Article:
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Jerry_K_Thorne

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I put in some changes that I had seen on a friend's RV-9A. It will certainly make my life easier in the weeks and years to come with my airplane. You can check it all out at www.n2prise.org on page 95.Jerry K. ThorneEast Ridge, TN

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It is all coming along very nicely, Jerry. That fiberglass work looks great. And those rivets are an encouraging sight.Do you have an idea of everything that is still left to do? Or is the list still too long to even contemplate?Best regards.Luis

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Luis,Just answering on the spur of the moment, here are the things that come to mind:1. Finish riveting the forward top skin along the left longeron.2. Put back the coax cable, wires, and static air pressure line on the left side of the fuselage.3. Put the fresh air vents and switch panels back in position on both sides of the panel.4. Put the sliding canopy back in position for mating the windshield properly.5. Trim and install windshield. This will include cleaning the area between the windshield and the edge of the instrument panel for painting with a flat black finish paint.6. Install the "whiskey" compass. That is a traditional wet compass that will live on top of the instrument panel.7. Install the avionics, GPS antenna, and instrument panels again including a pitot line to the wing root.8. Order seats and interior components and install them at the right time.9. Get insurance and take the airplane to the airport.10. Assemble wings and tail feathers.11. Install strobe and marker light assemblies and secure the wing tips to the wings.12. Install the lines to the lift reserve indicator (stall warning device).13. Get transition flight training from the RV factory flight instructor.14. Get the airplane inspected by the FAA designated airworthiness representative (DAR).15. Calibrate fuel gauge readings for both fuel tanks during initial fill up of 2-gallon increments.16. FLY the 40 test hours to verify aircraft performance and calibration of fuel monitors, etc.17. Get the airplane painted sometime in the 40-hour test period by a professional paint shop nearby.I am sure there are a lot of other details that will come out in the process, but those are the major items as I see them at this time. In fact, I just pasted the above posting into a Word document and printed it for future reference.Jerry K. ThorneEast Ridge, TN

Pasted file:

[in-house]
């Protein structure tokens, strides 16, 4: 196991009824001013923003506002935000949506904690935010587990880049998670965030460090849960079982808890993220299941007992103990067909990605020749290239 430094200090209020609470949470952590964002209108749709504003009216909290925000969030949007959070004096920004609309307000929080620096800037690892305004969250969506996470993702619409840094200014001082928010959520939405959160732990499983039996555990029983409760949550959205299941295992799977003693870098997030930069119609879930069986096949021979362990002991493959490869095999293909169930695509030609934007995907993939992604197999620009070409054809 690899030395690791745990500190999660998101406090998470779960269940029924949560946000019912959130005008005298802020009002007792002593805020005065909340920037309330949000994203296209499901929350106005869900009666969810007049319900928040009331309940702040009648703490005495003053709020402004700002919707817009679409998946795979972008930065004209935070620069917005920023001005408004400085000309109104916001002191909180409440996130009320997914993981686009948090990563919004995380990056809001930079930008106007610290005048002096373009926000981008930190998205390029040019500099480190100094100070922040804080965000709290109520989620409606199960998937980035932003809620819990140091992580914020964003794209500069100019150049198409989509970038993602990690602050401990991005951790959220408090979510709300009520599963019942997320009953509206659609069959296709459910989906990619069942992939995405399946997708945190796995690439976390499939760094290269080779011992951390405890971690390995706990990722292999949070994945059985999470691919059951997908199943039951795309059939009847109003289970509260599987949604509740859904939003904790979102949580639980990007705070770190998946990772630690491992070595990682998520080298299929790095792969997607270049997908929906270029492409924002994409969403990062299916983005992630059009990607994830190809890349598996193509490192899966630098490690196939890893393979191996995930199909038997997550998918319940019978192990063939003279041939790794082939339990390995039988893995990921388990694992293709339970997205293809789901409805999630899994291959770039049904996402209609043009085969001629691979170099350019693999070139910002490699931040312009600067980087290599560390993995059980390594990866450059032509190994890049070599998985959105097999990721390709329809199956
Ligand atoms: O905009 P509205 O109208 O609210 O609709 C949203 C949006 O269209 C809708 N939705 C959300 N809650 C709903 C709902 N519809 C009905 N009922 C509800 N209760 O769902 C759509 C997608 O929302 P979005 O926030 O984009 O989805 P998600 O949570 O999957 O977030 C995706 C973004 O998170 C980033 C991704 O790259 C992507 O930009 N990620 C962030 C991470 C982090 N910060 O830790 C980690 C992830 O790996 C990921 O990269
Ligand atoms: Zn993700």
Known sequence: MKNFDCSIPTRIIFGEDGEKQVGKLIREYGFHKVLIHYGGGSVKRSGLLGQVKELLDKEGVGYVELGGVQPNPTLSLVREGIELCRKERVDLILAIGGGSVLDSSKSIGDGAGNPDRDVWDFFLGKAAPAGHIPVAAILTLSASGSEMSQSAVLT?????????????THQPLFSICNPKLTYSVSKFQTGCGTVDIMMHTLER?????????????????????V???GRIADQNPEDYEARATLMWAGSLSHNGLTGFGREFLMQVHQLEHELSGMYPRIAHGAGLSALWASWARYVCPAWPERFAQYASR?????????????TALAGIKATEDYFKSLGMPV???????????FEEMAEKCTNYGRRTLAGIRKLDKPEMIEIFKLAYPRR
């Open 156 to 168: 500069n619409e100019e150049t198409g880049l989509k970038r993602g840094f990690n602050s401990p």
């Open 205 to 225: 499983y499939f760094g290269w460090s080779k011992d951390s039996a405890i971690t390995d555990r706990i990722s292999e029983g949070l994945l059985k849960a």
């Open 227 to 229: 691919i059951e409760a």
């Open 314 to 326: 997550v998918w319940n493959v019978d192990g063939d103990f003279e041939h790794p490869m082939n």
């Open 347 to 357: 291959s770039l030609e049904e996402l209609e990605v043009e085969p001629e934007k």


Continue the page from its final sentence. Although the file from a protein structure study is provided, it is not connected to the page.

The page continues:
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>13. Get transition flight training from the RV factory flight>instructor.I doubt you'll need much, as the RV9A is very forgiving, even though performance is sooooooooooooooo much better than a 172! I do remember you getting a bit of time in one, though. During the 25.5 hours we put on the 9A, we tried all kinds of things, such as landing "with" the wind at several different locations including the shorter runway of Skypark; and it does it easily. I never had brakes on my "co-pilot" side, and once aligned with the runway, never needed them at all, as rudder took effect immediately. With the C/S prop, it's great for braking action, and it will drop altitude real fast, but power can always be cut over the threashold, and it doesn't get "heavy" in the flare like the 6A will once and a while. Thanks to the RV, I no longer have much desire to fly a 172, or even a Mooney! ;) My finish list is about the same as yours, except I'll get away with 25 hours (Lycoming engine). But hurry and get your canopy glassed in, and post pics!!!! :7 L.AdamsonP.S. ---- I found that the Alt-Track altitude auto-pilot to be a must have, and hope to get one someday. It can easily be added to your setup. We used this for those long flights to southern Utah, and even while crossing the valley in Class B, at the ATC assigned altitude.